Author: Josh B

Pride of Ussher

For those growing up in Jamestown, Accra’s oldest and most densely populated neighbourhood, boxing is a way of life. A succession of world champions, including the legendary Azumah Nelson, considered by many to be the greatest African boxer of all time, and current IBF lightweight champion Richard Commey, grew up and learned their trade here, and for many young locals the dream is to follow in their footsteps.  French social documentary and portrait photographer Antoine Jonquiere was visiting the area last year, when he stumbled across one of its many boxing gyms. “I remember hearing the sounds of the boxers training, the vibrations on the floor were very strong so I entered and I saw the boys of all ages…” he says. Instantly captivated by the scene in front of him, his interest deepened after speaking to the boys coach, who told him of the areas unique boxing heritage.  He would go on to visit numerous gyms in Jamestown and nearby Usshertown over a two month period, photographing young fighters as they trained in the …

Interview – Vladimir Antaki

Vladimir Antaki is a Paris based photographer known for capturing striking images of everyday scenes and people.
For his acclaimed Guardians series he travelled to Europe, the Middle East and North America, visiting small specialist stores and photographing their patrons, or as he describes them ‘Guardians of urban temples’.
The series has been exhibited in over a hundred cities worldwide, and a book comprising a selection of the images is available now.

Velho Chico

Velho Chico, the name affectionately given by the locals to the giant Sao Francisco river in the Sertao area of Northeastern Brazil, the backdrop for the solo project by Brazilian born Wieden + Kennedy Creative director, Mico Toledo. Known largely for its barren land and widespread poverty, but perhaps lesser known is the area’s unique diversity of people, cultures, and religions, the consequence of hundreds of years of immigration and erratic colonialism, and a place Mico describes as: “where folklore and reality seamlessly blend, becoming impossible to distinguish from one another.” Initially inspired by novelists, Jorge Amado, Euclides da Cunhaand and Rachel de Queiroz, who used the area as a setting for their stories. Mico visited the region several times between 2016 and 2018, meeting and photographing the local people; exploring their rich diversity and connection with the esoteric. The series includes a zine, inspired by the Cordel literature collections of folklore, poems and songs, usually accompanied by woodcut illustrations and sold locally by street vendors and at markets within the region. Designed by Adam Hunter; Mico …

Anna Kaniasty – Alive St.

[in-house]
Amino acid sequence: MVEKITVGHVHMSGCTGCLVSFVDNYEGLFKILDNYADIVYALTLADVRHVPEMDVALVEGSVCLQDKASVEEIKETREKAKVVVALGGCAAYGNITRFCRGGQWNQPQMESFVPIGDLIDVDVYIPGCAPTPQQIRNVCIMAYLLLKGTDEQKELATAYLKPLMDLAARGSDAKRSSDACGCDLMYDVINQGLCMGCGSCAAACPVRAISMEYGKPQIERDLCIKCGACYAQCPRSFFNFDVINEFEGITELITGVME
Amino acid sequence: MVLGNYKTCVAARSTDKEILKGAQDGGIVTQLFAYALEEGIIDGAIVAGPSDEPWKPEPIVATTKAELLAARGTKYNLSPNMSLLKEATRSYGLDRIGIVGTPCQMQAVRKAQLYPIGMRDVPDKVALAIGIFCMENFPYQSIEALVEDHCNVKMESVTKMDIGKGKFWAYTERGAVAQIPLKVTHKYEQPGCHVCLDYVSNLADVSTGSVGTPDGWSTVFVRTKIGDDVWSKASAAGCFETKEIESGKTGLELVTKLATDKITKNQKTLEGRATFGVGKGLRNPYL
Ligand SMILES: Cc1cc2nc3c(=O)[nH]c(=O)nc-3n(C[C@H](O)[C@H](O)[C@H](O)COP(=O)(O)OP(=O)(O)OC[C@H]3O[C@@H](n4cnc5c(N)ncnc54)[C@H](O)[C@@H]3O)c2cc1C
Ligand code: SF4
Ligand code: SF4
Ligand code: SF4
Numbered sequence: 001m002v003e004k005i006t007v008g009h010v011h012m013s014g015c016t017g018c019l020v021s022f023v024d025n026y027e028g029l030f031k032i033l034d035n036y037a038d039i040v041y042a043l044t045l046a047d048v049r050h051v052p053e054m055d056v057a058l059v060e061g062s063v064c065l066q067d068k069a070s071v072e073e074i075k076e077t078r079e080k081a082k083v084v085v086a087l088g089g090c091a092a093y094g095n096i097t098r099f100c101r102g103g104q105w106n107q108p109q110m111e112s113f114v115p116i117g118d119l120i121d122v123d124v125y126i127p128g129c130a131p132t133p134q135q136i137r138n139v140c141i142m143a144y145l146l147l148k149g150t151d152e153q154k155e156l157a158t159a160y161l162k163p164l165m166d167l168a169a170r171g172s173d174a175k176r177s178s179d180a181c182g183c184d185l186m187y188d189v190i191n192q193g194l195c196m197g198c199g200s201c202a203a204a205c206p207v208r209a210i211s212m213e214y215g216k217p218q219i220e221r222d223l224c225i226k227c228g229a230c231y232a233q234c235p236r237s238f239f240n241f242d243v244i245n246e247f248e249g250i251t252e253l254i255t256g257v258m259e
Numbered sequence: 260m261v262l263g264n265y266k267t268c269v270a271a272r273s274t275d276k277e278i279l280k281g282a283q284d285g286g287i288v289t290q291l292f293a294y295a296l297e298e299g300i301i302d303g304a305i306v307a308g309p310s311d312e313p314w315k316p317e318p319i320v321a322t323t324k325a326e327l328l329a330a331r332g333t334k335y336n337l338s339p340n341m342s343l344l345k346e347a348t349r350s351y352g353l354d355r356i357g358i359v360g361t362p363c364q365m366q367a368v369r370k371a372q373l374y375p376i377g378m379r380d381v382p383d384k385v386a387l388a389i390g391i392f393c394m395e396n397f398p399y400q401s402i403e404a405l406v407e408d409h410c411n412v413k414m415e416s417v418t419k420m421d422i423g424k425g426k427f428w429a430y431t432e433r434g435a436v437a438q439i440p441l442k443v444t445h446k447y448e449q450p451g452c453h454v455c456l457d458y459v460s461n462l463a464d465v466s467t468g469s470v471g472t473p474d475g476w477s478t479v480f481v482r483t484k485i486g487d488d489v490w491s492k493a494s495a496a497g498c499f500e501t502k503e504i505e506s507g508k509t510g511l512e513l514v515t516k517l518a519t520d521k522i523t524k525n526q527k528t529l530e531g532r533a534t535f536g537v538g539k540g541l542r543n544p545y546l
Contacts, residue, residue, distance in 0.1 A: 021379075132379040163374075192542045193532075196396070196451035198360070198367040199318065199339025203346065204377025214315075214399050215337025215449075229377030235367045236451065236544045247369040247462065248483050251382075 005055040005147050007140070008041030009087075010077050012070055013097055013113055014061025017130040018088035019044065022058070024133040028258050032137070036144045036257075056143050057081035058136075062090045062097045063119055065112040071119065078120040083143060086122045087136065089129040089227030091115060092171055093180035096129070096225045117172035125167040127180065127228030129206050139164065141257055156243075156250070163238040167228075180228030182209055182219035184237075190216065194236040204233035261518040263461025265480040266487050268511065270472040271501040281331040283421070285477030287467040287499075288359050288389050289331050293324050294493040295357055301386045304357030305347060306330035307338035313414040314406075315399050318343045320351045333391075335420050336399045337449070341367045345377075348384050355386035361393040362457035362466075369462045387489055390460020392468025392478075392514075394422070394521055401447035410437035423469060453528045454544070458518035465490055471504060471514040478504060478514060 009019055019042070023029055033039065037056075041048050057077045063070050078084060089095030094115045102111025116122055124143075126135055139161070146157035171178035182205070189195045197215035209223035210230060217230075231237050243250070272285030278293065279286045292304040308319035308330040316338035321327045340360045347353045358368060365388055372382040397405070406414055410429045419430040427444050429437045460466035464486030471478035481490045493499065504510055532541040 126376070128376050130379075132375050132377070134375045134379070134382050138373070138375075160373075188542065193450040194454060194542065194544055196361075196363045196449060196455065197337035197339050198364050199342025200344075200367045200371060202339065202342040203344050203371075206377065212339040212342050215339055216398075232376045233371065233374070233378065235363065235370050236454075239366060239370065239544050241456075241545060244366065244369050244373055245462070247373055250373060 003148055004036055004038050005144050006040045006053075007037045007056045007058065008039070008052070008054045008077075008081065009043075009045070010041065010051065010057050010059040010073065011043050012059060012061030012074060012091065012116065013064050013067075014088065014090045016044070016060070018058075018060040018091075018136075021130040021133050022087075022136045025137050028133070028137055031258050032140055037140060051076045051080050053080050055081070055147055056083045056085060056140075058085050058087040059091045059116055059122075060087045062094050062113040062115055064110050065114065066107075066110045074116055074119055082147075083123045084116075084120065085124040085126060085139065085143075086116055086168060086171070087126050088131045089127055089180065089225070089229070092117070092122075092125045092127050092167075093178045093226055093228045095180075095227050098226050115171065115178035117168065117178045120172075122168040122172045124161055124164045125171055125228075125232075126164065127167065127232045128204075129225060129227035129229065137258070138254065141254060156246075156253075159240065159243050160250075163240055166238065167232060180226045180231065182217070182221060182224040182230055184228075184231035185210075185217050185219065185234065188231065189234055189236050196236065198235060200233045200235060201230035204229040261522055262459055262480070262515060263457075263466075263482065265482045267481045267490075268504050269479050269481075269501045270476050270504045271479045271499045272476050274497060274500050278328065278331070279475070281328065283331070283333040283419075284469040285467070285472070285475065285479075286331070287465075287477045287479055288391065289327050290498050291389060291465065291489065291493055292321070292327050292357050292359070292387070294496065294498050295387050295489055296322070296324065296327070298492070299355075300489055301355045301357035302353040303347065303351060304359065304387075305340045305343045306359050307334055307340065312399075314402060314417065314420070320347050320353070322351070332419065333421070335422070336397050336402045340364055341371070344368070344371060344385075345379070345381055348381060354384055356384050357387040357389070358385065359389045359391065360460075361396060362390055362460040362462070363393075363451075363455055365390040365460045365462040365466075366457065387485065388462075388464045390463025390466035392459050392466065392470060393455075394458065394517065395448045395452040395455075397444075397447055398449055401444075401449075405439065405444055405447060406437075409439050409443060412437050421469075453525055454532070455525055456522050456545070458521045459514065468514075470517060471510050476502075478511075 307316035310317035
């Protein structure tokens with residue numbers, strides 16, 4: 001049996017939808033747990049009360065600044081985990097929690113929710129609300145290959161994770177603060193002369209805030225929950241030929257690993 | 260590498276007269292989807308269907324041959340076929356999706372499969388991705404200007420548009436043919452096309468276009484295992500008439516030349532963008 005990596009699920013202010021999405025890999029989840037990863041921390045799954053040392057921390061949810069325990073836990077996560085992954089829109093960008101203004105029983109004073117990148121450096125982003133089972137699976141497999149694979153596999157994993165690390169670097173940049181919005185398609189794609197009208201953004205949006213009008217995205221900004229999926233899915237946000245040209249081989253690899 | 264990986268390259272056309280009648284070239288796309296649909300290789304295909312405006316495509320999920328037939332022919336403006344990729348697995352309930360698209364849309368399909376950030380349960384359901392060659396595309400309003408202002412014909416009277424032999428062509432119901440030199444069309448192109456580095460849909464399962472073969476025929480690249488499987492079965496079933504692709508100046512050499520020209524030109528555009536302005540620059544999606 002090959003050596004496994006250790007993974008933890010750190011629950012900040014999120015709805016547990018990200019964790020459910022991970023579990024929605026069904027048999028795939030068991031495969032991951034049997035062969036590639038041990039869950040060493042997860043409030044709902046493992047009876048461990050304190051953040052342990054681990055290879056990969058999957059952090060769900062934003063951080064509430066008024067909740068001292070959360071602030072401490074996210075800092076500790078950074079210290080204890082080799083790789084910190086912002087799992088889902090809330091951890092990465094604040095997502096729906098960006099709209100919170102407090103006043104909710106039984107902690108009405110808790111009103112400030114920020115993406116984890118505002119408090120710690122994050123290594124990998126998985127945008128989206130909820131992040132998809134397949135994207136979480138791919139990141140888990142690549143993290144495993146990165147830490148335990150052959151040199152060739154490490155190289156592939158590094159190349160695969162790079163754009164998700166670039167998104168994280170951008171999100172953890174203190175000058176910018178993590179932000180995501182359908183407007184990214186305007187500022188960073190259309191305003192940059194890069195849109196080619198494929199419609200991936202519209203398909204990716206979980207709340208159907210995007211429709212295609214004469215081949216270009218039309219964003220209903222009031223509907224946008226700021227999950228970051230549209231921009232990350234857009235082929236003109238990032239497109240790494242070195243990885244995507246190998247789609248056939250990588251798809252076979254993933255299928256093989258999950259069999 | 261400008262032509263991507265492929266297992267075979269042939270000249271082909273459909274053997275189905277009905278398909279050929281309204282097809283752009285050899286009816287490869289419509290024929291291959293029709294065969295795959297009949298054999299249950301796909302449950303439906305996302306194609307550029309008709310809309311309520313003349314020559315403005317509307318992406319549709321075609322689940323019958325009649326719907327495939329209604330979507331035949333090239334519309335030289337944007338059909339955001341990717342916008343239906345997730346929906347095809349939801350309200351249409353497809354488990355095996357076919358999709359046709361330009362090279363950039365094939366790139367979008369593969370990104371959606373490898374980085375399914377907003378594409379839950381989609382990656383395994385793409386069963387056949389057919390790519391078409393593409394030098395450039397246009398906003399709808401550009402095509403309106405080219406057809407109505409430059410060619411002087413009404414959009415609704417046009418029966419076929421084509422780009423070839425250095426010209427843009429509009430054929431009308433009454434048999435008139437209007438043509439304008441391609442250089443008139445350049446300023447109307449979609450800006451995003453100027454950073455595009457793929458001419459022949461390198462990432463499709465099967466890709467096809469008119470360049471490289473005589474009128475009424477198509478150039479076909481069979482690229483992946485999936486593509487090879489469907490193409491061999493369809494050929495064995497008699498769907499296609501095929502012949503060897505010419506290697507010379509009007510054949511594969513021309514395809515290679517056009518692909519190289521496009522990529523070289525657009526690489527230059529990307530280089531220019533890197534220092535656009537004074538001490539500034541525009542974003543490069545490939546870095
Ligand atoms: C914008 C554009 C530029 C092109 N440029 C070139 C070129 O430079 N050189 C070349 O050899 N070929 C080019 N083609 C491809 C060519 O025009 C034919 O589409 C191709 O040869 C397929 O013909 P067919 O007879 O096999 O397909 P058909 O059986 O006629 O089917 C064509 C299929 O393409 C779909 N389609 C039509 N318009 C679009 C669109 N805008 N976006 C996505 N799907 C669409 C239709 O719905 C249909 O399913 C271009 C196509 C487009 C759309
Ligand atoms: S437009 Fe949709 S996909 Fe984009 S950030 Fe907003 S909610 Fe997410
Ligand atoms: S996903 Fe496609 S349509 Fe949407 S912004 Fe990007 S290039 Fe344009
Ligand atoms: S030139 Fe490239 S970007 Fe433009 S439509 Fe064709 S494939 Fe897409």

Featured image, Porto 2013.   Alive St. is an ongoing photo series by Warsaw based photographer Anna Kaniasty. Taken over several years, the images uniquely capture fleeting moments of everyday life in various cities across the globe. See a selection of the images below. For more information, and to see more of her work, visit her website.    

Omar Victor Diop: Liberty / Diaspora

Featured image – Omar Victor Diop, Thiaroye 1944. From Liberty (2016). Courtesy © Omar Victor Diop / MAGNIN-A, Paris London Gallery Autograph,  presents a two part exhibition by Senegalese artist Omar Victor Diop, his first solo exhibition in the UK . Liberty, a Universal Chronology of Black Protest, reinterprets key revolutionary moments in Africa and across the diaspora. It spans four decades and features historic events such as the 1965 Alabama marches on Washington, and the 2012 murder of Trayvon Martin, which triggered the Million Hoodie March in New York and later inspired the Black Lives Matter movement. Strikingly detailed and potent in symbolism, the images primarily feature Diop as the protagonist portraying a range of figures, separated sometimes by time and often by geography, but unified by their defining struggle for human-rights. For Diop, these images redefine black history, and consequently the history of humanity, as well as the concept of freedom. Project Diaspora, the second part of the exhibition, celebrates four centuries of notable Africans in Europe, drawing parallels between their experiences and those of …

Akari: Sculpture by Other Means

Akari: Sculpture by Other Means, a new exhibition at New York’s Noguchi Museum, examines and celebrates Isamu Noguchi’s iconic, collapsible paper lanterns. One of the most important sculptors of the last century, Isamu Noguchi (1904–88) was born in Los Angeles, California, to a Scottish-American mother, and Japanese father, he moved to Japan shortly after, where he remained until the age of thirteen, when he returned to the US. He was interested in art and sculpture from an early age, but initially studied pre-medicine at Columbia, whilst also taking evening classes with sculptor Onorio Ruotolo. However, in 1926, after witnessing revolutionary sculptor Constantin Brancusi’s exhibition at the Brummer Gallery, he was inspired to focus entirely on his art, and in doing so, achieved the Guggenheim Fellowship allowing him to work as an assistant to Brancusi, at his Paris studio. “Great good fortune such as this has something of the divine and inevitable,” said Noguchi, of this opportunity, the pair forming a constructive and reciprocal relationship, with Noguchi, much like Brancusi, going on to work across a range of disciplines, using a multitude of …